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Posts for tag: tooth decay

By Zsambeky, Chaney & Associates Family Dentistry
September 29, 2021
Category: Oral Health
Tags: tooth decay  
StopToothDecayBeforeItDerailsYourChildsDentalDevelopment

From birth to early adulthood, your child's teeth, gums and jaws develop at a rapid pace. And, for the most part, nature takes its course without our help.

But tooth decay can derail that development. The result of bacterial acid eroding enamel, tooth decay is the top cause for premature primary tooth loss in children. One particular form, early childhood caries (ECC), can rapidly spread from one tooth to another.

Many parents assume prematurely losing teeth that are destined to fall out soon anyway is inconsequential. But primary teeth play a critical role in the proper eruption of permanent teeth, serving as both placeholders and guides for those teeth developing just below them in the gums. A permanent tooth without this guidance can erupt out of alignment to create a poor bite that may require future orthodontics.

Being proactive about tooth decay lessens that risk—and the best time to start is when the first teeth begin to erupt. That's when you should begin their regular dental visits sometime around their first birthday.

Dental visits are an important defense against tooth decay. Besides routine dental cleanings, your child's dentist can offer various preventive treatments like sealants to stop decay from forming in the biting surfaces of back molars or topically applied fluoride to strengthen tooth enamel.

Daily home care is just as important in the fight against tooth decay. Oral hygiene should be a part of your child's daily life even before teeth: It's a good habit to wipe an infant's gums with a clean cloth after nursing. As teeth arrive, oral hygiene turns to brushing and flossing—perhaps the best defense of all against dental disease.

It's also important to watch their intake of sugar, a prime food source for bacteria that produce harmful acid. Instead, encourage a "tooth-friendly" diet of whole foods to keep teeth and gums healthy.

Even if they do develop tooth decay, there are effective treatments to minimize any damage and preserve affected primary teeth until they've served their purpose. By adopting these prevention strategies and prompt treatment, you can stay ahead of this destructive disease.

If you would like more information on preventive dental care for children, please contact us or schedule an appointment for a consultation.

By Zsambeky, Chaney & Associates Family Dentistry
July 31, 2021
Category: Oral Health
Tags: tooth decay  
CraftaCustomCarePlanbyIdentifyingYourIndividualRiskforToothDecay

Although we've known for some time how tooth decay forms, it's still prevalent across the population—even more so than cancer or heart disease. Along with gum disease, it's a leading cause of tooth loss.

Fortunately, our knowledge about tooth decay has grown considerably, to the point that we now recognize a number of risk factors that make it more likely a person will develop this disease. By first identifying them in individual patients, we can take steps to address them specifically to reduce the chances of this destructive disease.

Genetics. Researchers have identified around 40 to 50 genes that can influence cavity development. The best way to assess your genetic risk is through family history—if numerous close family members contend with tooth decay, your risk may be high. If so, it's important to be extra vigilant with addressing other areas over which you have more control.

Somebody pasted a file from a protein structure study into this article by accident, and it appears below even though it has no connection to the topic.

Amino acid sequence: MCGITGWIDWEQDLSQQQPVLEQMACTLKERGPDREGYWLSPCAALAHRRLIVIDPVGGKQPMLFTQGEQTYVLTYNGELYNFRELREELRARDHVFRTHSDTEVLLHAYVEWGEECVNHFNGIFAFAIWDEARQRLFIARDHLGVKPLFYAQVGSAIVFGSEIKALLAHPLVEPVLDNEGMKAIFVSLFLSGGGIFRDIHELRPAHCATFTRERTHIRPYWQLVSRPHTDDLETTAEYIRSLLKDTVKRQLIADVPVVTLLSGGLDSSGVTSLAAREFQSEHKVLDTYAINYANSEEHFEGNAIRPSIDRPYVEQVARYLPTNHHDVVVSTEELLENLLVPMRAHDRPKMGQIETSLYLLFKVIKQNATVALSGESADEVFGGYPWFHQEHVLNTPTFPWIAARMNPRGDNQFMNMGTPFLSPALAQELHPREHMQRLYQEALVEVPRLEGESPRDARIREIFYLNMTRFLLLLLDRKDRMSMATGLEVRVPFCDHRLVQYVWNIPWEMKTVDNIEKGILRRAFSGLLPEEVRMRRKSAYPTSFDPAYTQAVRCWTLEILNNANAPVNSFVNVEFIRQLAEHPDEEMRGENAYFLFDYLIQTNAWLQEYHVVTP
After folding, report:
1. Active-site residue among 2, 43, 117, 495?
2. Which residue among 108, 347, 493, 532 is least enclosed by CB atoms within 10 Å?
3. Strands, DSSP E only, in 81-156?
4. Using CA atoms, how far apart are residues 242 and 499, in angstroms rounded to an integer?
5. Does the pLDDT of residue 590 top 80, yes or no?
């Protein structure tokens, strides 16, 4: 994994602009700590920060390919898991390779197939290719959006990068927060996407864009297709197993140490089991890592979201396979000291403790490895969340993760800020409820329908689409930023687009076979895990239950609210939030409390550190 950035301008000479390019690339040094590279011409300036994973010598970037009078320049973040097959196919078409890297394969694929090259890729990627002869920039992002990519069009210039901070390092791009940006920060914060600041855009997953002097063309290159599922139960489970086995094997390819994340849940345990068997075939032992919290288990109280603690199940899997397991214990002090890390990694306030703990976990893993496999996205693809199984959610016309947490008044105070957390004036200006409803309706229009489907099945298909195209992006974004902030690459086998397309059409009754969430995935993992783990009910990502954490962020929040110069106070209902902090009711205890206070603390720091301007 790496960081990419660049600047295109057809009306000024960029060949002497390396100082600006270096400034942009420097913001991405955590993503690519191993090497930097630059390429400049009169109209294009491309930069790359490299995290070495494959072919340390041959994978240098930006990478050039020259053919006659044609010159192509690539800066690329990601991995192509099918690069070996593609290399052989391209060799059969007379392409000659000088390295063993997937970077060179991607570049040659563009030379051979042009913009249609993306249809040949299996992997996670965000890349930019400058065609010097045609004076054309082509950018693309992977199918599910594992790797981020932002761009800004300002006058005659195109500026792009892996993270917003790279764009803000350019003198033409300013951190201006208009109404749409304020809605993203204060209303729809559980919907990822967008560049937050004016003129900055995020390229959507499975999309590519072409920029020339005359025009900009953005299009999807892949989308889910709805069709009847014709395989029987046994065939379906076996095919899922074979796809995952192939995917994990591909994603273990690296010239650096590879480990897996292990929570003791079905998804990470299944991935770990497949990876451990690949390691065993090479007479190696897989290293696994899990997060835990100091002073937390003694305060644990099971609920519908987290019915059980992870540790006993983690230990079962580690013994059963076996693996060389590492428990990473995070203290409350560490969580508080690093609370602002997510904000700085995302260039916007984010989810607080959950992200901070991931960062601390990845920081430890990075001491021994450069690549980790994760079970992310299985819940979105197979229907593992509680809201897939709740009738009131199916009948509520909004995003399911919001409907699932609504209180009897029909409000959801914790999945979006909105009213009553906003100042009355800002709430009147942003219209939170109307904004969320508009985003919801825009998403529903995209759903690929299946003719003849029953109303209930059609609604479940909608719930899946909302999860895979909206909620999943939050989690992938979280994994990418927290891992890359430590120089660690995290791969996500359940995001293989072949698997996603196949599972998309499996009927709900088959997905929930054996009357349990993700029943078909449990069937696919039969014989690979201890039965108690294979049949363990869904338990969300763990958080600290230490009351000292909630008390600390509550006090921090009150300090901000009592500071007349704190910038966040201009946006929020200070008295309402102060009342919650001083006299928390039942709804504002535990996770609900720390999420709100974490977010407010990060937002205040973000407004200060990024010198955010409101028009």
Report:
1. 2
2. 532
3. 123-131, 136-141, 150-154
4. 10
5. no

Saliva. Cavities are directly caused by oral acid, a byproduct of bacteria, that can erode tooth enamel over prolonged contact. This is minimized, though, through a normal saliva flow that neutralizes acid and helps remineralize enamel. But poor saliva production can slow acid neutralization. You can improve your saliva flow by drinking more water, changing medications or using saliva-boosting products.

Oral hygiene. You can reduce bacteria (and thus acid) by removing their "room and board"—dental plaque. This accumulating film of food particles harbors the bacteria that feed on it. Daily brushing and flossing, accompanied by regular dental cleanings, effectively removes dental plaque, which in turn lowers the levels of oral bacteria and acid.

Dental-friendly diet. Even if you diligently address the previous risk factors, your diet may fight against your efforts. Diets high in processed and refined foods, especially sugar, provide abundant food sources for bacteria. On the other hand, a diet primarily of whole foods rich in vitamins (especially D) and minerals like calcium and phosphorous strengthen teeth against decay.

Preventing tooth decay isn't a "one-size-fits-all" approach. By identifying your own particular risk, we can craft a care strategy that can be your best defense against this destructive dental disease.

If you would like more information on tooth decay, please contact us or schedule an appointment for a consultation.

By Zsambeky, Chaney & Associates Family Dentistry
June 21, 2020
Category: Oral Health
Tags: tooth decay  
PreventionandEarlyDetectionofRootCavitiesCouldSaveaTooth

Tooth decay is one of two dental diseases most responsible for tooth loss (gum disease being the other). In the absence of treatment, what starts as a hole or cavity in a tooth's outer layers can steadily advance toward its interior.

Most people associate cavities with the crown, the part of a tooth you can see. But cavities can also occur in a tooth's roots, especially with older adults. Root cavities pose two distinct difficulties: They can lead to more rapid decay spread than crown cavities within a tooth; and they're harder to detect.

Tooth roots are ordinarily covered by the gums, which protects them from bacterial plaque, the main cause for decay. But roots can become exposed due to receding gums, a common problem with seniors who are more susceptible to gum disease.

Unlike the enamel-covered crowns, tooth roots depend on gum coverage for protection against bacteria and the acid they produce. Without this coverage, the only thing standing between tooth decay and the roots is a thin material called cementum.